The World's Most Expensive Steak Comes From Pampered Cows

Hailing from Japan, Olive Wagyu is the world's rarest, and unsurprisingly as a result, most expensive steak.  The Kuroge Washu or Japanese Black aren't pampered like they are out for a relaxing day at the spa, but they do lead a pretty nice life, free of strenuous activity. They even get little perks like having their coats brushed to improve circulation and alleviate stress (per Triple T Ranch). The idea is that a happy cow is a tasty cow.

The unique breed that is raised to create Olive Wagyu is found only in one location, which is the only place in Japan where olives grow: Japan's Kagawa Prefecture, where small herds roam the picturesque Shodoshima Island, growing robustly on a regimen of olive feed made with pressed olive pulp, Inawara rice straw, and Italian ryegrass, per Forbes. The olive for which the beef is named lends it an intense umami flavor. As the saying goes, "fat is flavor" and Olive Wagyu has a higher fat content than any other steak in the world, making it an uncanny epicurean experience. The exceptional fat marbling creates a tender, melt-in-your-mouth cut of beef. In Japan, where there is a long history of raising Wagyu cattle for meat, there is actually a Wagyu Olympics in which Olive Wagyu claimed first place in fat content in 2017 out of 182 competitors.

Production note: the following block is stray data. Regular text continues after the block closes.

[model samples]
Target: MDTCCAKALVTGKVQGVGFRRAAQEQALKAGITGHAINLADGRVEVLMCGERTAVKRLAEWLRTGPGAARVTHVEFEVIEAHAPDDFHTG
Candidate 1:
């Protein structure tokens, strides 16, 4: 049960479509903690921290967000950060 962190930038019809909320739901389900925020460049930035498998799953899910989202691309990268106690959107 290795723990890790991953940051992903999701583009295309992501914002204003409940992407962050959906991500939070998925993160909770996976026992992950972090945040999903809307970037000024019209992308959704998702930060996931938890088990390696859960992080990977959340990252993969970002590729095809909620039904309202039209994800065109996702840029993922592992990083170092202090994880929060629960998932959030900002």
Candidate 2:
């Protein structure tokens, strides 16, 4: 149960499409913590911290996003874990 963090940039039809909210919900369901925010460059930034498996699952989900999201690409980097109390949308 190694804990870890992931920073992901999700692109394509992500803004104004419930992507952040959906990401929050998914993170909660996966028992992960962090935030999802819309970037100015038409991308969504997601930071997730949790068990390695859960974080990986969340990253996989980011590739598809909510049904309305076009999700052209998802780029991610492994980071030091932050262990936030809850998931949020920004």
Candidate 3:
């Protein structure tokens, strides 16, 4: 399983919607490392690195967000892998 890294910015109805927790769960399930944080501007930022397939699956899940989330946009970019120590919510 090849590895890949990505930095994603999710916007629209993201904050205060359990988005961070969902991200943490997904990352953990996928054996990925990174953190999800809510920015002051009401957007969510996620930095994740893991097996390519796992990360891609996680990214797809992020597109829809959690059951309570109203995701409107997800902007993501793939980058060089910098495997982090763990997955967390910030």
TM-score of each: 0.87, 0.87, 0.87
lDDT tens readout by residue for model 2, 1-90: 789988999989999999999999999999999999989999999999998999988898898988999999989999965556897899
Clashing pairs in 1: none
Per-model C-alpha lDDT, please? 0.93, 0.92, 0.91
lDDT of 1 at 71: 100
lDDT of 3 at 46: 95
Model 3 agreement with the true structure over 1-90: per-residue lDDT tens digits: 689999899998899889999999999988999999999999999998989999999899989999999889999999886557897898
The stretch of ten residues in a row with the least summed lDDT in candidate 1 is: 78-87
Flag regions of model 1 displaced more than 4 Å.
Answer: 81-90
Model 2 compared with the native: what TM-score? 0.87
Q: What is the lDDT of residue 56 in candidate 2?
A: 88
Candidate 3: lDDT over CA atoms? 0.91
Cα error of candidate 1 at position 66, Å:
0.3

'Beef chocolate'

Although Olive Wagyu is exceedingly rare (there are only approximately 2,000 of the Kuroge Washu cows in Japan) a company called Crowd Cow began importing Olive Wagyu to the U.S. in 2018 to sell to consumers, working directly with Masaka Ishii, the farmer who originated the olive-fed beef process in Kagawa Prefecture.

In 2019, a writer with CNBC ordered one of the $240 Olive Wagyu steaks from Crowd Cow to see if it merited such a lofty price tag, taking it to a Michelin-starred Manhattan restaurant called Cote Korean steakhouse to be cooked by a professional. While lauding its melt-in-your-mouth and tender qualities, he found it incredibly rich and questioned whether he could finish an entire steak, describing it as "more of an experience than a meal." However, Cote owner Simon Kim, who also sampled the Olive Wagyu, called it "beef chocolate," with fat that "tastes like gold."

Crowd Cow does recommend cutting Olive Wagyu into small strips and cooking them one at a time to truly relish each bite. After all, if you are paying hundreds of dollars for a steak, it would probably behoove you to savor every last morsel.